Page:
Automatic tax preparation software often makes the process of filing taxes convenient, but often these programs are not equipped to handle deductions available to individuals with special needs. It is recommended that individuals with special needs, as well as those who care for people with special needs, speak to a professional tax preparer when handling their taxes before April 15th.
For parents of children with disabilities stemming from hypoxic-ischemic encephalopathy (HIE), taxes can be especially challenging due to a number of differences in what can be deducted, what expenses can be written off, and other small but very important details surrounding their tax returns. These include medical expenses and dependency statuses.
First and foremost, due to the complexity of U.S. tax code, it is always advised to seek help from a CPA or other tax professional, as these individuals know the tax code inside and out. However, there are a few general rules that parents should know in regards to medical expenses:
- Qualified medical expenses must be itemized to be claimed on a tax return.
- Qualified medical expenses that the parent paid for out-of-pocket can be deducted after they exceed a certain percentage of the parent’s income. These medical expenses can include:
- Co-pays and deductible payments
- Prescription medication costs
- Certain therapies
- Transportation to and from medical care (gas, oil, parking, etc).
- Home modifications
- Lead remediation costs for parents whose child have or had lead poisoning
- Costs of specially-trained therapy animals
- Medical deductions are claims in the year they are paid for, not the year they are provided.
In most cases, parents can claim their child on their tax returns as a dependent until they become adults at age 18. In the case of children with disabilities such as those stemming from hypoxic-ischemic encephalopathy (HIE), the situation can be somewhat different. In some cases, individuals with mild HIE can go on to be independent adults. In other cases, they are unable to work and are dependent on family for their needs.
To claim a dependent on taxes, the child must make less than a specific income limit in gross income a year, and be living in the parent’s home. They must also be classified as ‘permanently and totally disabled,’ as determined by a medical professional. These income limits change year-to-year; consult with a CPA regarding specific tax information.
Child or Dependent Care Credits
Generally, if parents are employed and pay someone to care for their child while they are working, parents can often claim a dependent care credit (until the child is 13 years old). Parents who are looking for work, do not find a job, and have no income cannot claim this credit. If the child has disabilities, however, the 13-year-old age limit does not apply.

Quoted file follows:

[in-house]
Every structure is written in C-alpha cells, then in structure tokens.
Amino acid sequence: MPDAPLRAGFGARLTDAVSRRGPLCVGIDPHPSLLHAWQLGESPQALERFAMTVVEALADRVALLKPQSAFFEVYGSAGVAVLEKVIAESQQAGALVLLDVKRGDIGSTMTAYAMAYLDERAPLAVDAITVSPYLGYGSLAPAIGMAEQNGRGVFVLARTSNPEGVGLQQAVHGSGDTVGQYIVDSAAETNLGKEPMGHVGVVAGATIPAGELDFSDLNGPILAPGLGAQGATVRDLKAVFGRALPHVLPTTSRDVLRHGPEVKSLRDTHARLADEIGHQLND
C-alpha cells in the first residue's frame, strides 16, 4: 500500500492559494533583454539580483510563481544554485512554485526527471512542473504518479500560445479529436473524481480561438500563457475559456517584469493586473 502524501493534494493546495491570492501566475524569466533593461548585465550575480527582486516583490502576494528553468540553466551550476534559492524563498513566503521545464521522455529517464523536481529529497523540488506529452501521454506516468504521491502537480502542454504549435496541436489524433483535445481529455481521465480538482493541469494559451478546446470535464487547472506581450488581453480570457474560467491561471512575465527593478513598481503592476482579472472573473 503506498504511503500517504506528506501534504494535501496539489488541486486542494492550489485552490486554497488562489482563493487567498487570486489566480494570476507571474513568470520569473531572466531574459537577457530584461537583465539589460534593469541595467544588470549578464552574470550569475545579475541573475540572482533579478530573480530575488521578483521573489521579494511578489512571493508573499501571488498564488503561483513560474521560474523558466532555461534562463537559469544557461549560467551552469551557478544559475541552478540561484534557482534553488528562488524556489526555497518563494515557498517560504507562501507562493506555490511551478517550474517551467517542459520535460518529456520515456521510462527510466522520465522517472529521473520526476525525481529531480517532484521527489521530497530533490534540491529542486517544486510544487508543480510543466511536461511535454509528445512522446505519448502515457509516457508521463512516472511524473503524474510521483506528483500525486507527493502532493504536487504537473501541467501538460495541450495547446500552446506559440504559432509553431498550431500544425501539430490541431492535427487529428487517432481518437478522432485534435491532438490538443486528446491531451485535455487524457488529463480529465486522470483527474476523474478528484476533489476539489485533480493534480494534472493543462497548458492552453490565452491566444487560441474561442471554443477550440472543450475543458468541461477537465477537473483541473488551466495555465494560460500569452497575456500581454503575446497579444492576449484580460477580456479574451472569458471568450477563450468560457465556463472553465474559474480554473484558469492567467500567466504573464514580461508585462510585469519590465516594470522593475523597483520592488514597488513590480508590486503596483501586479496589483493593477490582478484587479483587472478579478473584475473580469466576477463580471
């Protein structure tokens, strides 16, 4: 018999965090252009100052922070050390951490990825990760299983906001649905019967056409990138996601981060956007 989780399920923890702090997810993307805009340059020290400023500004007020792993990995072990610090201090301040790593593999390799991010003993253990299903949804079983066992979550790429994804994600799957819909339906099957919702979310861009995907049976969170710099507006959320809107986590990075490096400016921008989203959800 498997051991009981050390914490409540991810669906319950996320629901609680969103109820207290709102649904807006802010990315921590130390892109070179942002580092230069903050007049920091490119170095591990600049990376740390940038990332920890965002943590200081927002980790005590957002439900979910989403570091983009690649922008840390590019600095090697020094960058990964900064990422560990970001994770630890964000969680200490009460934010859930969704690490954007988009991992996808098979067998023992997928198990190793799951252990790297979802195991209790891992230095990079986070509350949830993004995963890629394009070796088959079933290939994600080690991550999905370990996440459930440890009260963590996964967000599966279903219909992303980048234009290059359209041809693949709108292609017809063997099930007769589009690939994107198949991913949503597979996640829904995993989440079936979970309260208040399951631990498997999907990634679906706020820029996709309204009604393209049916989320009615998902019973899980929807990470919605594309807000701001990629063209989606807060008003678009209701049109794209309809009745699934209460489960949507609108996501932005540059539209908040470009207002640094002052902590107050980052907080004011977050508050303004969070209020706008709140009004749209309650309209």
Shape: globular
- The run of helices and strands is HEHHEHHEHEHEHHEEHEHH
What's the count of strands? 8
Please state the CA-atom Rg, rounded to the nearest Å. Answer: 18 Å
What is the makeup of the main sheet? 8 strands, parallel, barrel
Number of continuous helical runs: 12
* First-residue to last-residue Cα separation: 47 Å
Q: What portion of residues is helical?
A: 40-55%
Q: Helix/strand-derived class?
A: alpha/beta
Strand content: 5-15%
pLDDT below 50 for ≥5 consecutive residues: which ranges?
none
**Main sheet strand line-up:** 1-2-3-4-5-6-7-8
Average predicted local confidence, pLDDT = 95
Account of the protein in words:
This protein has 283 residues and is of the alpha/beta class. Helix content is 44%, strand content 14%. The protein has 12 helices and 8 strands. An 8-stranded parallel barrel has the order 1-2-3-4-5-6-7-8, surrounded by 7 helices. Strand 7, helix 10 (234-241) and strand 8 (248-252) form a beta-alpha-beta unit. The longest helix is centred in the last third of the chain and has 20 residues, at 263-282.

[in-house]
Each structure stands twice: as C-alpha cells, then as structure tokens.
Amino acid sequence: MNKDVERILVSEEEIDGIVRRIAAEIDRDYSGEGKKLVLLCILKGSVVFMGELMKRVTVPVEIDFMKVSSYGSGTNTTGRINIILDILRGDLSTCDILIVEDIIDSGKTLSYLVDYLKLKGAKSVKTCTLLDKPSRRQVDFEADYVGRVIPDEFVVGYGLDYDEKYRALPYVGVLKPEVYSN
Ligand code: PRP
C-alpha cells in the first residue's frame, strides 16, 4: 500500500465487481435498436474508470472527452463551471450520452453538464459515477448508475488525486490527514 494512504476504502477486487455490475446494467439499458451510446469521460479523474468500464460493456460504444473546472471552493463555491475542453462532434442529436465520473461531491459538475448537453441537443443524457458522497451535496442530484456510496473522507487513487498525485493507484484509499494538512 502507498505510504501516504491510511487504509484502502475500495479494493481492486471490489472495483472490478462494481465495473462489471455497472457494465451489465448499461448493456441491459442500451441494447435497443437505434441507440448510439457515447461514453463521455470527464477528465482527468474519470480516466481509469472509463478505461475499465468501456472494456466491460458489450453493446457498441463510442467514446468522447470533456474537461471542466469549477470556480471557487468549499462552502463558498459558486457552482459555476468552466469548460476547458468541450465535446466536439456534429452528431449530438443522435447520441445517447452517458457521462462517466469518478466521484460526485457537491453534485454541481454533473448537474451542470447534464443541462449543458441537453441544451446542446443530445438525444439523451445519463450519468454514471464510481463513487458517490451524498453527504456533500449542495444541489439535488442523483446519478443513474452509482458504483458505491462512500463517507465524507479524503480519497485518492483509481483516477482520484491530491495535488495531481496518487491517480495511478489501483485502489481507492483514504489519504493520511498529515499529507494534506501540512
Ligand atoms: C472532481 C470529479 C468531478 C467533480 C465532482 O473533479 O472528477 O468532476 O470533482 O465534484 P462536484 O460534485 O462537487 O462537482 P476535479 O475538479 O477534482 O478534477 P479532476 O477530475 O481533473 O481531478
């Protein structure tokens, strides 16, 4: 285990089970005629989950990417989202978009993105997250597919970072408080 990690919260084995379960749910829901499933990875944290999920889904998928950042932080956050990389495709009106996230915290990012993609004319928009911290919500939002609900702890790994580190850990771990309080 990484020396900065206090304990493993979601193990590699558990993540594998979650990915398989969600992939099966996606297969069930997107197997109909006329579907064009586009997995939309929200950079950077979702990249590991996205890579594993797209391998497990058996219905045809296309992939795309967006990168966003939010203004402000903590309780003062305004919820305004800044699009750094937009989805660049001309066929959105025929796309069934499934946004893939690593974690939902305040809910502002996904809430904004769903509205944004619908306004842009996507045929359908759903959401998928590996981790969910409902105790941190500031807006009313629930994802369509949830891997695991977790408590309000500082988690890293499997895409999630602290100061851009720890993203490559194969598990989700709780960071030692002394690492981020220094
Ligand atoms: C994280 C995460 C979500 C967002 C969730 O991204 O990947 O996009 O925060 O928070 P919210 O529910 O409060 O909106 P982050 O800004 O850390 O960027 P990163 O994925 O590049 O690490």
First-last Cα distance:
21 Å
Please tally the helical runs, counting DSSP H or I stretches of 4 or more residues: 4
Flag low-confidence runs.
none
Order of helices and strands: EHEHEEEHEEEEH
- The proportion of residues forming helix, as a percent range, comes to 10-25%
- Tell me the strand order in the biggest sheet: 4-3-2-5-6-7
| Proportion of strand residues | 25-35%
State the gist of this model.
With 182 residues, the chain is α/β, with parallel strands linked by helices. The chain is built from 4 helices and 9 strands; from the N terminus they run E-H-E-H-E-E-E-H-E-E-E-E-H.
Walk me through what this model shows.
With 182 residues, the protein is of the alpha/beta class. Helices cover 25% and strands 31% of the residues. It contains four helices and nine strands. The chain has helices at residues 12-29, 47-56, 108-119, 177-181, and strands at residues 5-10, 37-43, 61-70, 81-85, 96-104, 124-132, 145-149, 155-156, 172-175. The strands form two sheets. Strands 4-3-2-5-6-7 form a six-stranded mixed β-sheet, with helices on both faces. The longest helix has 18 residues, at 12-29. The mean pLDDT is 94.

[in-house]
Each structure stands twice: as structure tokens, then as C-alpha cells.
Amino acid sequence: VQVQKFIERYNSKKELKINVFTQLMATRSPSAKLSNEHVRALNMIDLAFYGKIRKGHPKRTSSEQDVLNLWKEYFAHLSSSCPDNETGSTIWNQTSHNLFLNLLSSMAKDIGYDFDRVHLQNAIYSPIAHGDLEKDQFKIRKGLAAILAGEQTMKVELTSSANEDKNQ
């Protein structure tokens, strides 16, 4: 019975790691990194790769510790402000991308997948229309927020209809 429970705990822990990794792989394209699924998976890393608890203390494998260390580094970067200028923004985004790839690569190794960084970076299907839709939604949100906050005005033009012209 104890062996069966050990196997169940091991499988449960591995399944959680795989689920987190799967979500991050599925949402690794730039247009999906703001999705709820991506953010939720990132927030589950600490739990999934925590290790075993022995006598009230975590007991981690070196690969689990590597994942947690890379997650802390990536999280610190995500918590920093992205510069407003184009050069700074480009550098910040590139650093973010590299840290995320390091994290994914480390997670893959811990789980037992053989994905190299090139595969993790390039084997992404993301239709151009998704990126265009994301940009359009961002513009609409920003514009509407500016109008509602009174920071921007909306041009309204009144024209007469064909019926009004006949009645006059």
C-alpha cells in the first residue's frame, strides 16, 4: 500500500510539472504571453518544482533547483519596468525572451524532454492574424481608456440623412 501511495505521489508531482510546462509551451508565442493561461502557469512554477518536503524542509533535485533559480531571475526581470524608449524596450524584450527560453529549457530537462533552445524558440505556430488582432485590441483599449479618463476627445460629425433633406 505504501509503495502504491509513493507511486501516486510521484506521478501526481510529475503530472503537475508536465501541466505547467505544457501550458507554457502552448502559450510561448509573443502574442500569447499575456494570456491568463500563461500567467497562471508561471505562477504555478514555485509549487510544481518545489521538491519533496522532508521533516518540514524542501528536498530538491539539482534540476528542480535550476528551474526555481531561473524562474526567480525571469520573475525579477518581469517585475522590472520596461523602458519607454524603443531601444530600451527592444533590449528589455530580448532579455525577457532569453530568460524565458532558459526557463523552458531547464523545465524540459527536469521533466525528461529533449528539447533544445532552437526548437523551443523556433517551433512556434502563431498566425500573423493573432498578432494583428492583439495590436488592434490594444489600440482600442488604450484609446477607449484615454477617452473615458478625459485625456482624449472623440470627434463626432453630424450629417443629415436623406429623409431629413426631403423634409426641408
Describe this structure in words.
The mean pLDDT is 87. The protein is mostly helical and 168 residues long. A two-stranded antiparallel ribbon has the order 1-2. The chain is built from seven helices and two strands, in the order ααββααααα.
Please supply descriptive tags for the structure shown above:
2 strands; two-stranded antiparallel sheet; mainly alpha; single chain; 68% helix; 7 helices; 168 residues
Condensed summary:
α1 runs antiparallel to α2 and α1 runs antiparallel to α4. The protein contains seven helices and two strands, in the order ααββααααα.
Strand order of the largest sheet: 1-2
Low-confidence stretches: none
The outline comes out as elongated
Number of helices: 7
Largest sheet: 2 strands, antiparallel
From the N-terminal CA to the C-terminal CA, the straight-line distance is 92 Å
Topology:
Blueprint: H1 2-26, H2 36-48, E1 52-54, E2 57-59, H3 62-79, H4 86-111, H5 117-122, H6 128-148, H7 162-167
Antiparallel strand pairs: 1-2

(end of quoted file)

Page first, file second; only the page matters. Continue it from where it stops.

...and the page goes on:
There are some other requirements for the dependent care credit:
The caretaker for the child cannot be:
- The child’s parent
- A spouse of the child
- Or a taxpayer’s child under age 19
Other relatives, however, can be caretakers for the purposes of this credit.
To claim the credit, use Form 2441: Child and Dependent Care Services.
Potential Tax Credits and Deductions for Disabilities
- Earned Income Tax Credit (EITC) (provided parents meet certain income-related requirements)
- Expenses paid to attend and transport oneself to a medical conference if the conference is specifically about the chronic illness of you, your spouse, or your child
- Health Coverage Tax Credit
- Child or Dependent Care Tax Credit
- Tax Credit for the Disabled and Elderly
It is also worth noting that there are certain financial complexities regarding how certain settlements are taxed. Settlements relating to personal injury or illness are not counted towards gross income, but certain punitive damages are. If part of a settlement becomes taxable, it could mean that part of the dependent’s SSI (which was not taxable before) may become taxable. Questions regarding the taxability of settlement amounts should be directed at a tax professional.
Note: The above information is a very short summary and is not comprehensive. Every person’s tax situation is different, and the complexity and ever-changing nature of tax code means that it is highly advised to seek help from a tax professional (such as a tax attorney or a certified public accountant/CPA) when filing taxes as the parent of a child with special needs. These tax professionals can make sure that families claim all the tax credits and deductions they are eligible for.
Record-Keeping for Tax Purposes
Parents of children with disabilities should keep tax records and associated documents (such as canceled checks, receipts, insurance reimbursement receipts, and other deduction- and credit-related documents) for as long as they are needed to substantiate the deductions included in an income tax return. Generally, the recommendation is to keep tax records for seven years.